Why do tectonic plates move?
The main driving force of plate tectonics is gravity. If a plate with oceanic lithosphere meets another plate, the dense oceanic lithosphere dives beneath the other plate and sinks into the mantle: this process is called subduction. The sinking oceanic lithosphere drags the rest of the tectonic plate: this is the main cause of plate motion. Oceanic lithosphere is therefore pulled apart in several directions: that process creates the mid-ocean ridges where new, hot and light oceanic crust is created.
However, convection is also driving plate tectonics. When you heat up noodles in a pan of water, you create convection cells: noodles move upward in the middle of the pan where temperature is higher, and downward on the edges of the pan where the temperature is lower. Such convection cells exist inside the Earth's mantle. One difference is that the mantle is not liquid; rather, the solid rocks are so hot that they can slowly flow. Hot, less dense rock material goes toward the crust whereas relatively denser, less hot material goes toward the core.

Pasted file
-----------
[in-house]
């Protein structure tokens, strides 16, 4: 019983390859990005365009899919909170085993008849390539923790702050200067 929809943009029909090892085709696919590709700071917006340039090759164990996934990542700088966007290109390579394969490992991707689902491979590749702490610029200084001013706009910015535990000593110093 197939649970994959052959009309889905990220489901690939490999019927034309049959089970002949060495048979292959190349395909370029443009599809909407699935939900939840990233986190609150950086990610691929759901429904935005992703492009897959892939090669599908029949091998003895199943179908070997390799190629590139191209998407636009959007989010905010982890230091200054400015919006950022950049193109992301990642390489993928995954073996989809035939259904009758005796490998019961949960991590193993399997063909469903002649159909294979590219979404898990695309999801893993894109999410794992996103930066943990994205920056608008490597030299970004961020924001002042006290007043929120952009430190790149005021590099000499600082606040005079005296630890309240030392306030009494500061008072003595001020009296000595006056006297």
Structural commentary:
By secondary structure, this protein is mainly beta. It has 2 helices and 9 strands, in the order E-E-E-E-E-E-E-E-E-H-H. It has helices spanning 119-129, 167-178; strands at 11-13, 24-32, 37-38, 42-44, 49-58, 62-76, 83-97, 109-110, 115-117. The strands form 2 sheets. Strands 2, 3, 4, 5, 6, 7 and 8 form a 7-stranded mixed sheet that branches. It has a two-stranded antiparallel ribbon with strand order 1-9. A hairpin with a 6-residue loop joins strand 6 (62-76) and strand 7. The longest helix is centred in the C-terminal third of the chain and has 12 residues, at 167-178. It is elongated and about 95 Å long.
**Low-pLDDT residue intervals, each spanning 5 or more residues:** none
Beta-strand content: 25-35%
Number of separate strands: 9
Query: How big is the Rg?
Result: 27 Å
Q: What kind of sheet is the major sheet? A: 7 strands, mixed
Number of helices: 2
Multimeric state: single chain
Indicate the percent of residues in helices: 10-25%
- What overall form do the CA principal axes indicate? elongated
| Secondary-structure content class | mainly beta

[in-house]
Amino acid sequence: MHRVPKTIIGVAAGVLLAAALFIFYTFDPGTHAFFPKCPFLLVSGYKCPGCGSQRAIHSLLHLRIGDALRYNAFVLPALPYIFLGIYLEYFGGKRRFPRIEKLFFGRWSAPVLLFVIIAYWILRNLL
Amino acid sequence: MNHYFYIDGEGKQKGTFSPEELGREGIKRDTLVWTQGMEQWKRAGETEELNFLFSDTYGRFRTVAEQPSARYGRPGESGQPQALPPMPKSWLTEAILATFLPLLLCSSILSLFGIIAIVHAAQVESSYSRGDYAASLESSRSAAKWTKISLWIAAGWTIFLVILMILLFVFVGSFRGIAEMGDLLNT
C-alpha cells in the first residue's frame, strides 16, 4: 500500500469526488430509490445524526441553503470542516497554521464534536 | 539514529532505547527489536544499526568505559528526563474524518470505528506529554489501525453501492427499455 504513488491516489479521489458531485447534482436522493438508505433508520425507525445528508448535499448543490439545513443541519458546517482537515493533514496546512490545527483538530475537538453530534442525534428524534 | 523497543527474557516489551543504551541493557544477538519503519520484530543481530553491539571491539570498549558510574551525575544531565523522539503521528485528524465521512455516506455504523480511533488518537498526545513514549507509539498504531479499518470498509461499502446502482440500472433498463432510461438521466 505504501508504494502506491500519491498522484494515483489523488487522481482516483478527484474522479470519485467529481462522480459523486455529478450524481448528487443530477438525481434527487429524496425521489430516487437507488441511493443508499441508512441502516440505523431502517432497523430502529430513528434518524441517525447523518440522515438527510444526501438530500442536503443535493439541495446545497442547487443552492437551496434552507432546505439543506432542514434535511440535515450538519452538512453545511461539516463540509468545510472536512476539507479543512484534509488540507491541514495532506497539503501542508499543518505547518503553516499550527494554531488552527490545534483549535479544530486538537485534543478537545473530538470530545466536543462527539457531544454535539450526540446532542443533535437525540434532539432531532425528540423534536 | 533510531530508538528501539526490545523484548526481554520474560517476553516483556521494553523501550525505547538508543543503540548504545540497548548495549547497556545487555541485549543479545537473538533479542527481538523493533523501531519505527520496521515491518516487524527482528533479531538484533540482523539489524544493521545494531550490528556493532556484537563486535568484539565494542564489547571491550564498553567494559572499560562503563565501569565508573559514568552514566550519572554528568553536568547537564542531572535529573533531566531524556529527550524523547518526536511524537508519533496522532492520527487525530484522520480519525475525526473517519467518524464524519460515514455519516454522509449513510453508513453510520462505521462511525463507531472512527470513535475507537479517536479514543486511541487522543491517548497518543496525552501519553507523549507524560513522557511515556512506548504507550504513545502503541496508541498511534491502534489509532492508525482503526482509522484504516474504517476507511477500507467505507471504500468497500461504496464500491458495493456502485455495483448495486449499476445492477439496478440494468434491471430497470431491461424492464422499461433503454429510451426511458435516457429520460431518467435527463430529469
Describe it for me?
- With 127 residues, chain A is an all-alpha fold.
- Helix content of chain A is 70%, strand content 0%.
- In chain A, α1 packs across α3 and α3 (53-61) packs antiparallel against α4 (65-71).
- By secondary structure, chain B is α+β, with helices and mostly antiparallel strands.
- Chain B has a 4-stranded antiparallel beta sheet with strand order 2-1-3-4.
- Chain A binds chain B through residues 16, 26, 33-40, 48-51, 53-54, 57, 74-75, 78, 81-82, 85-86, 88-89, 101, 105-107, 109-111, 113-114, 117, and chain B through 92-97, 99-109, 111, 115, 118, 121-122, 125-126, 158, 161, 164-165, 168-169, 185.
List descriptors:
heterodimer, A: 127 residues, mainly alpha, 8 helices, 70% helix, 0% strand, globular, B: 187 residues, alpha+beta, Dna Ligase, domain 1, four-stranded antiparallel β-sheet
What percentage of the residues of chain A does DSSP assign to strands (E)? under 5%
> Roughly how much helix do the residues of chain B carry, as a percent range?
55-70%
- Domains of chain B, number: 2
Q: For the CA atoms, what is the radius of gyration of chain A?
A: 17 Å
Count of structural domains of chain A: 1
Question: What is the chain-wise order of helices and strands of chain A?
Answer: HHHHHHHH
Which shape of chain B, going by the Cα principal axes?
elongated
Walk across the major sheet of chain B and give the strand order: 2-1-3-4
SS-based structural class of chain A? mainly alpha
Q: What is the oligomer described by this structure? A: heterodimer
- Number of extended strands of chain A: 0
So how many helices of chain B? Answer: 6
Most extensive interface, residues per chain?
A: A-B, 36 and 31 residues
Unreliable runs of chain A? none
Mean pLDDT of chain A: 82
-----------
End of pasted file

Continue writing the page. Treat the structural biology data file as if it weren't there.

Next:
At certain times and places, hot, upflowing rock material in these convection cells weakens continental crust to create rifts and eventually new ocean basins. The East-African Rift, for instance, is the result of such a convection cell breaking up the African plate. Convection cells were responsible for the breaking up of supercontinents many times in Earth's history.